Central banks will be "exceedingly low" on short-term interest rates as markets emerge from a liquidity trap, Pimco chief economist Paul McCulley said on Thursday.
"I don't think the world is upside down," McCulley said of the current macroeconomic climate. McCulley, once a prominent portfolio manager at Pimco and a noted Fed watcher, rejoined the firm this week as its chief economist.
"It's a brand new regime. We are calling it here the new neutral," McCulley said in a "Street Signs" interview. "I love the phrase, I have been writing about it for 10 years."
Investors should not fear any of the kind of catastrophic "Minsky moments" that fed the recent financial crisis, despite the reappearance of easy credit in the home mortgage markets, McCulley said.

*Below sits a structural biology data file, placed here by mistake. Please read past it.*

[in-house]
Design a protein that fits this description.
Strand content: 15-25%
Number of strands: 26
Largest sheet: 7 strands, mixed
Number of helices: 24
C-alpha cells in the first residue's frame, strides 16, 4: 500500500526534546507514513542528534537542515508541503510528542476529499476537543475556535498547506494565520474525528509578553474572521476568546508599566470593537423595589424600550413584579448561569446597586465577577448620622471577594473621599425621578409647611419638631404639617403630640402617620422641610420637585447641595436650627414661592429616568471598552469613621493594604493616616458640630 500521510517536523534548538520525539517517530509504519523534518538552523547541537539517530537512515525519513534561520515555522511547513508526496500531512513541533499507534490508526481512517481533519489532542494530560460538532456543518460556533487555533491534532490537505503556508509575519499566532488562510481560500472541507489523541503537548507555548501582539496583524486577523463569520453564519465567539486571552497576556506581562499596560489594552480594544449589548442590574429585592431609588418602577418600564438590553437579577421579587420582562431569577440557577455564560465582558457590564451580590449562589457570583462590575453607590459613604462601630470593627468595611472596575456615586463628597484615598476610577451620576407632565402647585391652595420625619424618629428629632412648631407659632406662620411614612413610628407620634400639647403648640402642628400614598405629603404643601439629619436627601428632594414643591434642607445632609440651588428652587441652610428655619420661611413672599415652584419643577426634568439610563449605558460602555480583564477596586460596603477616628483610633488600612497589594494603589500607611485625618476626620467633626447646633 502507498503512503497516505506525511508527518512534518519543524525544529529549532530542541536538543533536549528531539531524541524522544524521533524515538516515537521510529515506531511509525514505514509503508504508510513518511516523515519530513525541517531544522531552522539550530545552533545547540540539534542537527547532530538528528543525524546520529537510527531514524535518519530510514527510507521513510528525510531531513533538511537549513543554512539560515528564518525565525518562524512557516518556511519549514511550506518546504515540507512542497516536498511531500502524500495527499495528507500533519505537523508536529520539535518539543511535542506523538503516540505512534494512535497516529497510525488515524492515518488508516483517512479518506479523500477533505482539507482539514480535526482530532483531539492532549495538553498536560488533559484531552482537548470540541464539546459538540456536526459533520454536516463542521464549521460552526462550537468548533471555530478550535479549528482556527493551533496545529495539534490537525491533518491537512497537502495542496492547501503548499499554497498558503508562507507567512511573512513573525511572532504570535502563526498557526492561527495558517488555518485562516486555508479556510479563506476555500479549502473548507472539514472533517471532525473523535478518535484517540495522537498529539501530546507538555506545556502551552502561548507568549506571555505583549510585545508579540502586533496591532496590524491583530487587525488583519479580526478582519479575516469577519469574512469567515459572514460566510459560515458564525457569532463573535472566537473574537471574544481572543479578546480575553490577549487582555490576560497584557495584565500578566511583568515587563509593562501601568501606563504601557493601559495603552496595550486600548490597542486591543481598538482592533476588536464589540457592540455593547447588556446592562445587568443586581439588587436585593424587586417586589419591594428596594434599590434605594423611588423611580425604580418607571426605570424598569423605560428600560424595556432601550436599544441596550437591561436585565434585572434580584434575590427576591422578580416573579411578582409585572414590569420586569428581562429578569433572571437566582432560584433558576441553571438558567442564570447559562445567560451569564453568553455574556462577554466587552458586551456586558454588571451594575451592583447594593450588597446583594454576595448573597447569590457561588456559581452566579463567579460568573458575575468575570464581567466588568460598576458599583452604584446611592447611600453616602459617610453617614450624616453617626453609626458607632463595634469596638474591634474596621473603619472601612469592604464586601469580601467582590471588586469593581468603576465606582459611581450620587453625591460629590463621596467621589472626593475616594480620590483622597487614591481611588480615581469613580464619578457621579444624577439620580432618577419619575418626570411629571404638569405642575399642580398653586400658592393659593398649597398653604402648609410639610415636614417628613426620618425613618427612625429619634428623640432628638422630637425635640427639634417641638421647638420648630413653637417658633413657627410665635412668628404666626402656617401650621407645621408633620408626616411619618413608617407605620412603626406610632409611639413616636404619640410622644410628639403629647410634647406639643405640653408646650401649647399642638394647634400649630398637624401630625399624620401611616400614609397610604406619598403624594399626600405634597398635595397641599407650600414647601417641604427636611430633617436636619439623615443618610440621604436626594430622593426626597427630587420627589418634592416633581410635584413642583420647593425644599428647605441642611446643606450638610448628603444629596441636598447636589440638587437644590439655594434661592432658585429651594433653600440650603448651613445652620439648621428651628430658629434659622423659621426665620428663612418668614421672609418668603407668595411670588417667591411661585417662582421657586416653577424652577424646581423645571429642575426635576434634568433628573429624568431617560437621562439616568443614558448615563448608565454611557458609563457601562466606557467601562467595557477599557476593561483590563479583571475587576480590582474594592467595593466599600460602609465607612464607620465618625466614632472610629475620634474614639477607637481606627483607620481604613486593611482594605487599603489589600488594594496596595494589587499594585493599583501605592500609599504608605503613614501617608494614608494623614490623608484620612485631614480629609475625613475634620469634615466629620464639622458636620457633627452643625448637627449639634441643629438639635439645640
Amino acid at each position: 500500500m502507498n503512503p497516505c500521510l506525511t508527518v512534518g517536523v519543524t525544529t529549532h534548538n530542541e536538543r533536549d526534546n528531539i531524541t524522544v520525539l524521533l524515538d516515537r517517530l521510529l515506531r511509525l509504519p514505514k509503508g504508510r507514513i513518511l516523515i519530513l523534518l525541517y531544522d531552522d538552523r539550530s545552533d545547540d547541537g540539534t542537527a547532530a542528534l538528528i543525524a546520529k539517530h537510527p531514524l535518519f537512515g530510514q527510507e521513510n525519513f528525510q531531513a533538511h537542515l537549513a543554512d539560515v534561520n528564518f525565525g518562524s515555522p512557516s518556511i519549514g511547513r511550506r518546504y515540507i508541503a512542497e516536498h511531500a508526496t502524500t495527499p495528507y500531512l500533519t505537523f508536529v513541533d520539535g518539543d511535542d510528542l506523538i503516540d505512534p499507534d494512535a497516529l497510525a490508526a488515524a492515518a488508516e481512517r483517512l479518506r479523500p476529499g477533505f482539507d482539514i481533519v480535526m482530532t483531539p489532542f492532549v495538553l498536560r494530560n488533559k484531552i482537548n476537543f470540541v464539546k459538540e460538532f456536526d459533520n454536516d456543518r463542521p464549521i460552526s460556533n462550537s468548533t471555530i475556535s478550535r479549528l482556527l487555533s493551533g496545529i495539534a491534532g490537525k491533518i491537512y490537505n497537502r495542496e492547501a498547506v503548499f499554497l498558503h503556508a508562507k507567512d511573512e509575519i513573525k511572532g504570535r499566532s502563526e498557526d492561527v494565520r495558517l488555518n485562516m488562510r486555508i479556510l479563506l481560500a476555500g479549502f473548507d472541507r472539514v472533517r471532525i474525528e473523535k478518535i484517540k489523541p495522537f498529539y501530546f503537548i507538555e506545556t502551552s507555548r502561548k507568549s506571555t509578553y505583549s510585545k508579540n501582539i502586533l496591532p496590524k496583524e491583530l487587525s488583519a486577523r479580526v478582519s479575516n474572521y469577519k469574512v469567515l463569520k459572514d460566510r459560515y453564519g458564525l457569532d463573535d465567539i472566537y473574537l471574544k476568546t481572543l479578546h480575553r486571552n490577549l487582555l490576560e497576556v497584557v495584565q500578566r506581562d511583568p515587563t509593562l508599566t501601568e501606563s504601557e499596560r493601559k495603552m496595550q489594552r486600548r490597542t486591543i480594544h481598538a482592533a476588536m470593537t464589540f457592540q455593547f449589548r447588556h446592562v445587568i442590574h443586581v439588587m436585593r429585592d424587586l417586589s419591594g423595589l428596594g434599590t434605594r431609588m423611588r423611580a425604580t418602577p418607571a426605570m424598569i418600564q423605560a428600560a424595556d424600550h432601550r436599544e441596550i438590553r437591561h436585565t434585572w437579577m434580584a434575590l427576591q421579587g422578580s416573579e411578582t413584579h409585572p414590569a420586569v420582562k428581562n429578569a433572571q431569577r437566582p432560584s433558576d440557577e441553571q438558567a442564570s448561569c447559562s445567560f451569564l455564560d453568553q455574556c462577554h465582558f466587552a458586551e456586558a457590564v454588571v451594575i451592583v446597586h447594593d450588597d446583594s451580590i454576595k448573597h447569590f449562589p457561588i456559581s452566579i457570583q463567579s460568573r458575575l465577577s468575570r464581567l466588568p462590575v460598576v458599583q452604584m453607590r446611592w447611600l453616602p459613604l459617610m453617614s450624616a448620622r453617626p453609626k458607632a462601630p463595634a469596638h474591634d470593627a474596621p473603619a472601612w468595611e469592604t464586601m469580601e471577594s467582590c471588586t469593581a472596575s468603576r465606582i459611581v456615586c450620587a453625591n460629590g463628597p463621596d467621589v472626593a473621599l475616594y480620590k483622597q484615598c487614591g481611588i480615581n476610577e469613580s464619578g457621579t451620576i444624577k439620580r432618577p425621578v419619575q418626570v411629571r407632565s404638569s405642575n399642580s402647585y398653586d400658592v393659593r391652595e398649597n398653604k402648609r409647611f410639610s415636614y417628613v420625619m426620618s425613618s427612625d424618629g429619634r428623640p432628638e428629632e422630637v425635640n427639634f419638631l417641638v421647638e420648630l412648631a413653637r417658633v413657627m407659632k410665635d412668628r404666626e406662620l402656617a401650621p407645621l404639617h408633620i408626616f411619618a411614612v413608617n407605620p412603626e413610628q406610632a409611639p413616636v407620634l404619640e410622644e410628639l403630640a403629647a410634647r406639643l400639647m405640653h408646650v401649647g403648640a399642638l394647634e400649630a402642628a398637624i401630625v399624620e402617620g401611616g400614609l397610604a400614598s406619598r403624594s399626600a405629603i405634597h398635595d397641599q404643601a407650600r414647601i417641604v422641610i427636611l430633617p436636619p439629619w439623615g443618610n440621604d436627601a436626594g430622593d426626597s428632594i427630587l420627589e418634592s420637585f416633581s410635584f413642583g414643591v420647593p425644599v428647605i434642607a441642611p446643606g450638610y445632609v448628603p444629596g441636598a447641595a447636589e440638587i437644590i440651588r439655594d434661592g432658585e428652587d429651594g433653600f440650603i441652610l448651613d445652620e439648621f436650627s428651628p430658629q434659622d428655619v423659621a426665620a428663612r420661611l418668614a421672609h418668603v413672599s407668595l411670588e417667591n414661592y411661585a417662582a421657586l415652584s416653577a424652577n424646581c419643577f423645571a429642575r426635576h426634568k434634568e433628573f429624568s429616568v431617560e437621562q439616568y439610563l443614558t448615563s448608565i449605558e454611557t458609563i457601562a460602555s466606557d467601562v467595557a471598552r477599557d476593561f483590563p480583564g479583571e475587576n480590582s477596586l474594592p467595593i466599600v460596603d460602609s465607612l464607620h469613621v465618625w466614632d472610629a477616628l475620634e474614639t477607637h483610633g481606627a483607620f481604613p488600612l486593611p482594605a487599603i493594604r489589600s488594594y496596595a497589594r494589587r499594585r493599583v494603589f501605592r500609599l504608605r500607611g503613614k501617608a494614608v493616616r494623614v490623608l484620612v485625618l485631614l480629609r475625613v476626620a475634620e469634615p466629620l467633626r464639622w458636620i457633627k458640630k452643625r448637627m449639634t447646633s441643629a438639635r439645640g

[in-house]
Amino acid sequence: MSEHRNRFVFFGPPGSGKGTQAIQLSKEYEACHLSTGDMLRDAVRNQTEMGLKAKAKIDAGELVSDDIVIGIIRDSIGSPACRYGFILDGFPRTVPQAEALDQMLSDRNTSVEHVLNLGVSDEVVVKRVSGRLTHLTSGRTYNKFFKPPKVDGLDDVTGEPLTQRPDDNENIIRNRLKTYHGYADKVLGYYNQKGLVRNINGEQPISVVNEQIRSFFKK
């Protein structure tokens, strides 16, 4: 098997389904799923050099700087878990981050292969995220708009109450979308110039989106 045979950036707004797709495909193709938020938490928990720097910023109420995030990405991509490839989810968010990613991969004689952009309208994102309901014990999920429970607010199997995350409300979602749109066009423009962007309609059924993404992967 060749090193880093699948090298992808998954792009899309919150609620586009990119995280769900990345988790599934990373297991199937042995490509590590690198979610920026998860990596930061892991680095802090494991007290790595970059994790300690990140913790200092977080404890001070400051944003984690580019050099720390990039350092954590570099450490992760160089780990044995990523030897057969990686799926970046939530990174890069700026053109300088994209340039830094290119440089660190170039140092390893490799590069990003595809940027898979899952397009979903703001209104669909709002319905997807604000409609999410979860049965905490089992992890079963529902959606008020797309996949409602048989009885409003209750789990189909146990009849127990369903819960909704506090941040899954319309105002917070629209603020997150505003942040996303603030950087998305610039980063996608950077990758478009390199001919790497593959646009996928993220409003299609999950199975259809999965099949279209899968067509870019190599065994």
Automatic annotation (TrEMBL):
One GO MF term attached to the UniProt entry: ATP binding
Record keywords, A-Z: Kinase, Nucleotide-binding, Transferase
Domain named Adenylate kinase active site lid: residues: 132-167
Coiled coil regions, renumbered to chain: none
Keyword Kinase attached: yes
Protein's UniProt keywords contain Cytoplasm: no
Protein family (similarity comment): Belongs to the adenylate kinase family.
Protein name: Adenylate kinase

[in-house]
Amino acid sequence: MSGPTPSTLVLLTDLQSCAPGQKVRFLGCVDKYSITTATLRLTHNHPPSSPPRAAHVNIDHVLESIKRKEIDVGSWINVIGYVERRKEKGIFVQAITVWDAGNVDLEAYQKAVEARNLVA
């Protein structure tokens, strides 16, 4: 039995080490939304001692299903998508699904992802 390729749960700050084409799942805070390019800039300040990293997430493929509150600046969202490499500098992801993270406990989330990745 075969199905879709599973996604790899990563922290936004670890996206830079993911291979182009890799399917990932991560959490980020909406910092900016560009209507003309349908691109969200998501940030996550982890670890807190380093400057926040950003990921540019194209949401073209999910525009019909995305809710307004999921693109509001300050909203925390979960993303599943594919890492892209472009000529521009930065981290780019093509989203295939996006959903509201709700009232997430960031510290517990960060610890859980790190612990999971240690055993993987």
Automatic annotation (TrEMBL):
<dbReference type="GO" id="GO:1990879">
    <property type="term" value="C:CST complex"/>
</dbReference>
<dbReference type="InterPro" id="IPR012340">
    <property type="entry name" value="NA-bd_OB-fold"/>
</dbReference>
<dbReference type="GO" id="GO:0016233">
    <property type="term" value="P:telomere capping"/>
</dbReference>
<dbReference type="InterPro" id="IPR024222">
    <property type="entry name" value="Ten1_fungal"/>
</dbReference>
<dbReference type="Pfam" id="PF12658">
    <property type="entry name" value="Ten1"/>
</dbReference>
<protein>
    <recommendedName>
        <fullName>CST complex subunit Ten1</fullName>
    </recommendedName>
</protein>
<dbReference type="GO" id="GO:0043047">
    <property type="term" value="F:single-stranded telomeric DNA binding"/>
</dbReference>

McCulley is credited with inventing term "Minsky moment" to describe a sudden crash in asset values, usually following a period of extreme speculation using borrowed money. (Hyman Minsky was an economist whose theories on instability were considered radical in their day).
While he is not worried that easy monetary policy will bring about another catastrophic crash on par with the last one, he says investment managers should still keep their eyes peeled for trouble.